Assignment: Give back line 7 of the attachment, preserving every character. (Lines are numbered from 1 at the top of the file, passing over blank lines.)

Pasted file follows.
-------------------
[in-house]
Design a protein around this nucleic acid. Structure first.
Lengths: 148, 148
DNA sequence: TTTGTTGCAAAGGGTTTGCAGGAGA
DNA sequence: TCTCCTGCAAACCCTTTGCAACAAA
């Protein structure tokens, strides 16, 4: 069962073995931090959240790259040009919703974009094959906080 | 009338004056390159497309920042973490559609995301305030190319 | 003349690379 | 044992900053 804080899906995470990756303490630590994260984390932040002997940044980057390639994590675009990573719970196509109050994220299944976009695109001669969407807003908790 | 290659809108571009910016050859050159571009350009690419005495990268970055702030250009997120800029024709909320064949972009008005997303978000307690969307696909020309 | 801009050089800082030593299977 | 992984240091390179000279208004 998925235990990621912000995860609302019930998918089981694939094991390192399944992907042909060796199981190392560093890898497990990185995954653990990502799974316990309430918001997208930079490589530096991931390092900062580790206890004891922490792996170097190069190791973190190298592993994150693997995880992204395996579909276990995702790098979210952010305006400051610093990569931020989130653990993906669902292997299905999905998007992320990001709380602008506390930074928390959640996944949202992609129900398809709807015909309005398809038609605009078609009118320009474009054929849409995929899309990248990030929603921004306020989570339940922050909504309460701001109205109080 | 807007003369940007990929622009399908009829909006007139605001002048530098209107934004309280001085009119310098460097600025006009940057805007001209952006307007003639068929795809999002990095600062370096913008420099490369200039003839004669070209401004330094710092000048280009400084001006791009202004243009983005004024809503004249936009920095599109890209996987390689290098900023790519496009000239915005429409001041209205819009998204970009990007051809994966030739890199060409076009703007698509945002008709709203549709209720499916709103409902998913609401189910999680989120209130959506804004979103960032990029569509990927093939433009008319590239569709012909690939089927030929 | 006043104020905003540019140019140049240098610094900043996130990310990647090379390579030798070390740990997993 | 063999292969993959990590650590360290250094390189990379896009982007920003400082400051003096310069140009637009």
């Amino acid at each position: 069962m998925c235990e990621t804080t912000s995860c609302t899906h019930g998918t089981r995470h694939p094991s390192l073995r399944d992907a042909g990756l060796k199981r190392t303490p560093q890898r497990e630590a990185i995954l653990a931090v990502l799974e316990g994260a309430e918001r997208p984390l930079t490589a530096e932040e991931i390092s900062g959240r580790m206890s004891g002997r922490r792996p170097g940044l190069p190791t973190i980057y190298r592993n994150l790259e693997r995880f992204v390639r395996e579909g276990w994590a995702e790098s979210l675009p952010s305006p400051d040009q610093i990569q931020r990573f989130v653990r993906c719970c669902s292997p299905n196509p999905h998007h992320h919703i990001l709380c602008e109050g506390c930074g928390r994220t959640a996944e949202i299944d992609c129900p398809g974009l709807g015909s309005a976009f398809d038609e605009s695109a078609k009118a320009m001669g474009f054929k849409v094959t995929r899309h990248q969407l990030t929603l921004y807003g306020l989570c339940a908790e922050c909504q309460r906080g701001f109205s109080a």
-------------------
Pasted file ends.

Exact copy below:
């Amino acid at each position: 069962m998925c235990e990621t804080t912000s995860c609302t899906h019930g998918t089981r995470h694939p094991s390192l073995r399944d992907a042909g990756l060796k199981r190392t303490p560093q890898r497990e630590a990185i995954l653990a931090v990502l799974e316990g994260a309430e918001r997208p984390l930079t490589a530096e932040e991931i390092s900062g959240r580790m206890s004891g002997r922490r792996p170097g940044l190069p190791t973190i980057y190298r592993n994150l790259e693997r995880f992204v390639r395996e579909g276990w994590a995702e790098s979210l675009p952010s305006p400051d040009q610093i990569q931020r990573f989130v653990r993906c719970c669902s292997p299905n196509p999905h998007h992320h919703i990001l709380c602008e109050g506390c930074g928390r994220t959640a996944e949202i299944d992609c129900p398809g974009l709807g015909s309005a976009f398809d038609e605009s695109a078609k009118a320009m001669g474009f054929k849409v094959t995929r899309h990248q969407l990030t929603l921004y807003g306020l989570c339940a908790e922050c909504q309460r906080g701001f109205s109080a």